Notes: Wright's debut a workout

Notes: Wright's debut a workout

FORT LAUDERDALE, Fla. -- In his Orioles spring debut, Jaret Wright didn't have his best command and only pitched one inning on Sunday. The right-hander walked the leadoff batter and survived an error later in the inning. Wright, who has had two operations on his throwing shoulder, said it was enough of a workout for his first start of the spring.

"It's kind of give-and-take," he said while holding his son, Gunner. "I don't want to have runners all over the bases and scoring runs, but it's still getting your work in.

"The last time I had been in a game was last year, so it's kind of getting the rust off."

Wright, who was acquired in an offseason trade with the Yankees for reliever Chris Britton, will take the ball in another five days. The Orioles are counting on him to provide a steady presence to complement the team's young arms. Wright, the son of former big leaguer Clyde Wright, previously worked with pitching coach Leo Mazzone in Atlanta.

"We were a little worried about him, but adrenaline kicked in," said manager Sam Perlozzo, who turned 56 on Sunday. "His arm's trying to get up to strength, and we wanted to make sure he was going to be OK. We got him through one inning and he threw the ball really well. Actually, it was much better than he expected."

Newhan returns as a Met: The scene was too puzzling for a manager to ignore. Utilityman David Newhan stood outside the visiting clubhouse on Sunday, surrounded by reporters that cover his former team. As the Mets walked onto the field, manager Willie Randolph made a point to stop, smile and duck his head into the group interview.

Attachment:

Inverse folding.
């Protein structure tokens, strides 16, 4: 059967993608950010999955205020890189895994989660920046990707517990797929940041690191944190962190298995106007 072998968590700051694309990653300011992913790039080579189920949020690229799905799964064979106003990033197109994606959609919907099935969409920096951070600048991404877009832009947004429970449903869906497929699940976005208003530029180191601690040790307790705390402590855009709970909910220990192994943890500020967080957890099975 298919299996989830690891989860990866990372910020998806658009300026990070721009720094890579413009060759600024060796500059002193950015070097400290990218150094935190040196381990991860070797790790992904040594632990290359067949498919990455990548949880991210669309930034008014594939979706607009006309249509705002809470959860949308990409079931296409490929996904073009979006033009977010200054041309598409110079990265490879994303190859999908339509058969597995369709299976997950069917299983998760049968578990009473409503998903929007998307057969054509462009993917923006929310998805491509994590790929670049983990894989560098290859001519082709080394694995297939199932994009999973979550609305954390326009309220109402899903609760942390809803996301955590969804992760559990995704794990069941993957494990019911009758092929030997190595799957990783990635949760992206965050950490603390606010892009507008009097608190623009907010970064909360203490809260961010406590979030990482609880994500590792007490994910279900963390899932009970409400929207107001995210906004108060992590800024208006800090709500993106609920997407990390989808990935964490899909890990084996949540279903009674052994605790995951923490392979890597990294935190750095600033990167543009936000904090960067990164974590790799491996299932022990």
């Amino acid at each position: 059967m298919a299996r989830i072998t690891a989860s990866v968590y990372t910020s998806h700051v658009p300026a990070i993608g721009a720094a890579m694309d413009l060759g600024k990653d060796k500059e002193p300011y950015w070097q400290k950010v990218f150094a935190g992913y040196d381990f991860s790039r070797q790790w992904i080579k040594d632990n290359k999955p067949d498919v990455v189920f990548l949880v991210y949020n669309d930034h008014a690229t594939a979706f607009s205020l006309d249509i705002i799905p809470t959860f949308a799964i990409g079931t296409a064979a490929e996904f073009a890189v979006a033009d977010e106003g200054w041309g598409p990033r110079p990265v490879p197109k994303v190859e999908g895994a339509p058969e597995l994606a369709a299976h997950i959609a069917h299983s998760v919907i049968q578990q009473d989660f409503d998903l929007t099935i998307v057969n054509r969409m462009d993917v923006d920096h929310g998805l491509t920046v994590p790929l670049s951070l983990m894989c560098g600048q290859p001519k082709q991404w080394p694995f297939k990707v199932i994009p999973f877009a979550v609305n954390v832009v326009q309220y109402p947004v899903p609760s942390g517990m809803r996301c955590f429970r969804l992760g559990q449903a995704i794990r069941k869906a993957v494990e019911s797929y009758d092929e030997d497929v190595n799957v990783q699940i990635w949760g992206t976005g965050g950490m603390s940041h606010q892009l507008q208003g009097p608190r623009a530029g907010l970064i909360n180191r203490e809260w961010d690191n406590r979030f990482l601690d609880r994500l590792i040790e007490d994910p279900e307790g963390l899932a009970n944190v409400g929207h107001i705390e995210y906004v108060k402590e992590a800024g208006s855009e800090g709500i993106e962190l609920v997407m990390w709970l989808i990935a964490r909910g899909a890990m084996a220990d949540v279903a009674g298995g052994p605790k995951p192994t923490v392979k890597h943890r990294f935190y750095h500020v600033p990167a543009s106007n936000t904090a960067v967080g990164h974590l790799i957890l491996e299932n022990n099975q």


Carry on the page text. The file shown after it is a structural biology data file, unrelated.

"[Wow], what is this?" he joked before moving on.

Soon enough, Randolph will find out why Newhan is popular with the press. The part-time outfielder is well known for speaking his mind, which has alternately earned him kudos and gotten him in trouble at various times in his well-traveled career. Now, he's moving to the sport's media capital, which could make for interesting copy.

"That's a little too much bank for me," Newhan said of living in Manhattan. "We're going to try to enjoy the city and take advantage of it. It's a big stage, and the people are fanatical about their team. When you're going good, I don't think there's a better place on earth to be, but they're going to let you have it when you deserve it."

Newhan, son of prominent sportswriter Ross Newhan, has been trying to carve out a big-league career for most of the last decade. The former Pepperdine star got his first taste of big-league action in 1999, but he didn't get his first full-time look until 2004, when he hit .311 with eight home runs in 95 games with the Orioles.

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That star turn was diluted by a .202 average in 2005 and an injury-shortened year in '06, when he spent more than three months on the disabled list with a broken right fibula. Newhan rehabbed that injury and came back in September, but when the offseason started, he found out that he really wasn't a part of Baltimore's long-term plans.